To The Therapist Who Told My Husband To Follow My Lead With Our Kids

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therapist-parenting-advice
As a family therapist, you’ve seen our family through thick and thin. You’ve helped us become more patient, kind parents. You’ve given us strategies to minimize temper tantrums, deal with anxiety, and teach our kids to regulate their own reactions so not everything that doesn’t go their way has to become a colossal nightmare. We often quote you and reference tips and tools you’ve given us that have fundamentally changed the day-to-day life of our family.

This year, we brought one of our kids back to you to deal with his overriding anxiety. Elementary school seems like nothing to us adults, but to kids growing expectations and newfound social situations can be scary. Our son started to tailspin and his anxiety reached a fever pitch. We wanted to help him deal because expectations only grow as people age, and we wanted strategies as parents to cope with his anxiety; it triggered anxiety in us, which made us less patient, even short tempered, and exhausted.

So I started coming to you even without my son, and you gave me succinct tips to help him. His anxiety lessened and so did mine. But the truth is, I made a vow to be patient no matter what tantrum’y wrenches my kids threw my way. I made a vow to do better by my kids, even when their own personal sh*t challenged mine. And I made a commitment not to use, “Stop it!” or “Get it together!” as a parenting strategy. If my kid could stop or get it together, he would have done so.

All along the way I noticed my husband had a harder time keeping it together when it came to the kid’s more challenging moments. He’d be patient up to a point and then he’d snap. So, at my suggestion, he booked an appointment for himself with you.

 

After going, he asked if I wanted to know what you two had covered in your session. Of course I did, but I didn’t want to appear too eager. “Sure,” I said. “But only if you’re comfortable sharing.”

He smiled for a moment and then said, “She said I should do what you’re doing. She said you don’t have the same issues and I should just do what you do. She said you’re a good mom and I should follow your lead.”

I stood there stunned, wondering how you can tell what kind of parent I am, but also impressed my husband would repeat your words. But the truth is, you’re right. I don’t have the same issues with our kids as my husband and he should follow my lead.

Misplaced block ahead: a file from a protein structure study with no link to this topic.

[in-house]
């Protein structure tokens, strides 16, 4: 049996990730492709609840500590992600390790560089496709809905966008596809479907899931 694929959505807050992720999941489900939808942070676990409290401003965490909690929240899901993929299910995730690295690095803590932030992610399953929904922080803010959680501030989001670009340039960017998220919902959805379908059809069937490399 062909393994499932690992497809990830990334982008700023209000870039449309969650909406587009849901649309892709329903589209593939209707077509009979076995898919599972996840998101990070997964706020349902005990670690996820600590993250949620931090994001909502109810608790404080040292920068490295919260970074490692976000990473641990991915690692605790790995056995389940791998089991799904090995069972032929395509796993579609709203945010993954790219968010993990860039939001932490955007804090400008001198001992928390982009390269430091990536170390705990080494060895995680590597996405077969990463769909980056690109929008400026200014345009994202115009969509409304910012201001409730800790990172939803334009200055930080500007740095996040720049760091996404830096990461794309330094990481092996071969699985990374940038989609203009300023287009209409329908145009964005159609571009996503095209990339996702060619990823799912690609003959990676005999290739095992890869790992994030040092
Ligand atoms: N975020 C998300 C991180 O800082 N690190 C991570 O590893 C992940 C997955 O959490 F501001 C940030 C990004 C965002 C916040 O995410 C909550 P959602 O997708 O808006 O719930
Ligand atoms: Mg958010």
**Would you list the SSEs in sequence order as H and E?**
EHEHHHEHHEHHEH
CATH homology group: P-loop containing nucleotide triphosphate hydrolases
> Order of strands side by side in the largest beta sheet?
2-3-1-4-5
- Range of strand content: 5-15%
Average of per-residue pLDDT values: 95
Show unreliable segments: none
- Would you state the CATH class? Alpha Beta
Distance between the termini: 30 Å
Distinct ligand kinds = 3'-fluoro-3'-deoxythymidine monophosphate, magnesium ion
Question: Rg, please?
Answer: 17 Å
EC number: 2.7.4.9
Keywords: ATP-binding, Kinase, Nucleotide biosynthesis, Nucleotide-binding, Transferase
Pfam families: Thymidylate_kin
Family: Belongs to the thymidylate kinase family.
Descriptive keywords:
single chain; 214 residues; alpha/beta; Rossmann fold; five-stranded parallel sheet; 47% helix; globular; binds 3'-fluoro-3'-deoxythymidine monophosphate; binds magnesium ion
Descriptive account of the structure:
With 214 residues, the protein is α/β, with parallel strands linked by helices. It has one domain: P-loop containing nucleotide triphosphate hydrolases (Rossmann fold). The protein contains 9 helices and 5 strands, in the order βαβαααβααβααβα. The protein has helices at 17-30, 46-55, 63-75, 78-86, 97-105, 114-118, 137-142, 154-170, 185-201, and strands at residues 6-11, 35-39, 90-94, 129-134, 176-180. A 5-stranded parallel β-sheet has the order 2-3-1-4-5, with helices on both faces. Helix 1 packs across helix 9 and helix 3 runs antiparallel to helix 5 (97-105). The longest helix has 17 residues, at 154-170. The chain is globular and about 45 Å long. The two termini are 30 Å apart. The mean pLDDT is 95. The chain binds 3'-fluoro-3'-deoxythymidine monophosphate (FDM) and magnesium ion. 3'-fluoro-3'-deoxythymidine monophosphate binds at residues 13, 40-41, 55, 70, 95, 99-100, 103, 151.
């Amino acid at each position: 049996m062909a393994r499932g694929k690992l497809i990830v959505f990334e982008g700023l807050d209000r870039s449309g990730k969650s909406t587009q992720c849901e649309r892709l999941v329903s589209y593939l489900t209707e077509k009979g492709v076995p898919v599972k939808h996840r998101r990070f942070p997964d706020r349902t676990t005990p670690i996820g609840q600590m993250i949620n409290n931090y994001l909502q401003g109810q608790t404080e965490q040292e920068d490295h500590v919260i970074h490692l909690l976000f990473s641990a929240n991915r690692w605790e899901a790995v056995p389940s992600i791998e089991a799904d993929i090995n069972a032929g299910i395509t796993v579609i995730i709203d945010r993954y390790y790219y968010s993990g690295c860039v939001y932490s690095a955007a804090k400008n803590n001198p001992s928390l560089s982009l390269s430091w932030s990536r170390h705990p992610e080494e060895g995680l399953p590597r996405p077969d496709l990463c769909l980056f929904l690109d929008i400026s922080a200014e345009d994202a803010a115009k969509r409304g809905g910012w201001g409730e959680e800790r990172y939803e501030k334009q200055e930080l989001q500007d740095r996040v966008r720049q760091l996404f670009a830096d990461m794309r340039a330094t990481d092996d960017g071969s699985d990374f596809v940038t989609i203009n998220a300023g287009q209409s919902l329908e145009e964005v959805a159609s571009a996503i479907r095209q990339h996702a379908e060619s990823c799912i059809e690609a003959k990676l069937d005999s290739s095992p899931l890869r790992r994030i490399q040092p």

I say this, not because I’m a perfect parent, but because every day I dedicate myself to doing right by my children. I challenge myself not to raise my voice, criticize them, or will them to act differently than they currently are. I read books, talk to friends, consult experts, and learn from other parents who seem to have things under control. I approach parenting like it’s my job and I try to be as thorough a parent as I am an employee. It doesn’t make me a perfect parent, but it does mean I’m always trying to grow and be the best at it that I can be.

I tell you this because I am not unique. I know very few moms who aren’t giving it their all, learning, reading, challenging themselves while they are in the trenches receiving their children’s complaints, phases, and bad moods. My husband is a dedicated, involved, and engaged partner, but he doesn’t approach parenting like he does his profession. He wings it, is often unprepared, occasionally uninformed, in ways he’d never be at work.

And so while I appreciate that you’ve always been an advocate for my children, I’m grateful that you’re a strong advocate for me. Because there is relentless self-reflection required to be a good parent and no one notices it, but us. Well, no one but you. Thanks for noticing. And thanks for passing it on.

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